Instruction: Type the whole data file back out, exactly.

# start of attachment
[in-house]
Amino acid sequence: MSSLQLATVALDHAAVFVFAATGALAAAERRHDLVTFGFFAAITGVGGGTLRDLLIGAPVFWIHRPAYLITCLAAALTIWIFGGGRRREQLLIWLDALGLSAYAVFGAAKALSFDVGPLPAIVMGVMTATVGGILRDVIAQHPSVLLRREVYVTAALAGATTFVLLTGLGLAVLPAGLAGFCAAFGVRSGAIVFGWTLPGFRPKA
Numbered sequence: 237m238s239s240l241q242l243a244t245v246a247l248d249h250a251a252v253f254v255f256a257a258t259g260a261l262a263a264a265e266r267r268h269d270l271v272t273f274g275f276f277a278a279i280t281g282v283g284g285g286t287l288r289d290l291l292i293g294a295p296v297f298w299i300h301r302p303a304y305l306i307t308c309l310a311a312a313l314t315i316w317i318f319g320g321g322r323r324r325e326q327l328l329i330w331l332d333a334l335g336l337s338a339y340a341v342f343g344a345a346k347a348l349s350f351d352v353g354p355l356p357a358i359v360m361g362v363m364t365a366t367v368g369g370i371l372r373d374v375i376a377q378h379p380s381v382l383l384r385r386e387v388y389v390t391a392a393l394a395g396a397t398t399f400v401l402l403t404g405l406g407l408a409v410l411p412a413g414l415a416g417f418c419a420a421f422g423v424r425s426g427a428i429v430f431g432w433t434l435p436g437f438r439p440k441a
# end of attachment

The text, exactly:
[in-house]
Amino acid sequence: MSSLQLATVALDHAAVFVFAATGALAAAERRHDLVTFGFFAAITGVGGGTLRDLLIGAPVFWIHRPAYLITCLAAALTIWIFGGGRRREQLLIWLDALGLSAYAVFGAAKALSFDVGPLPAIVMGVMTATVGGILRDVIAQHPSVLLRREVYVTAALAGATTFVLLTGLGLAVLPAGLAGFCAAFGVRSGAIVFGWTLPGFRPKA
Numbered sequence: 237m238s239s240l241q242l243a244t245v246a247l248d249h250a251a252v253f254v255f256a257a258t259g260a261l262a263a264a265e266r267r268h269d270l271v272t273f274g275f276f277a278a279i280t281g282v283g284g285g286t287l288r289d290l291l292i293g294a295p296v297f298w299i300h301r302p303a304y305l306i307t308c309l310a311a312a313l314t315i316w317i318f319g320g321g322r323r324r325e326q327l328l329i330w331l332d333a334l335g336l337s338a339y340a341v342f343g344a345a346k347a348l349s350f351d352v353g354p355l356p357a358i359v360m361g362v363m364t365a366t367v368g369g370i371l372r373d374v375i376a377q378h379p380s381v382l383l384r385r386e387v388y389v390t391a392a393l394a395g396a397t398t399f400v401l402l403t404g405l406g407l408a409v410l411p412a413g414l415a416g417f418c419a420a421f422g423v424r425s426g427a428i429v430f431g432w433t434l435p436g437f438r439p440k441a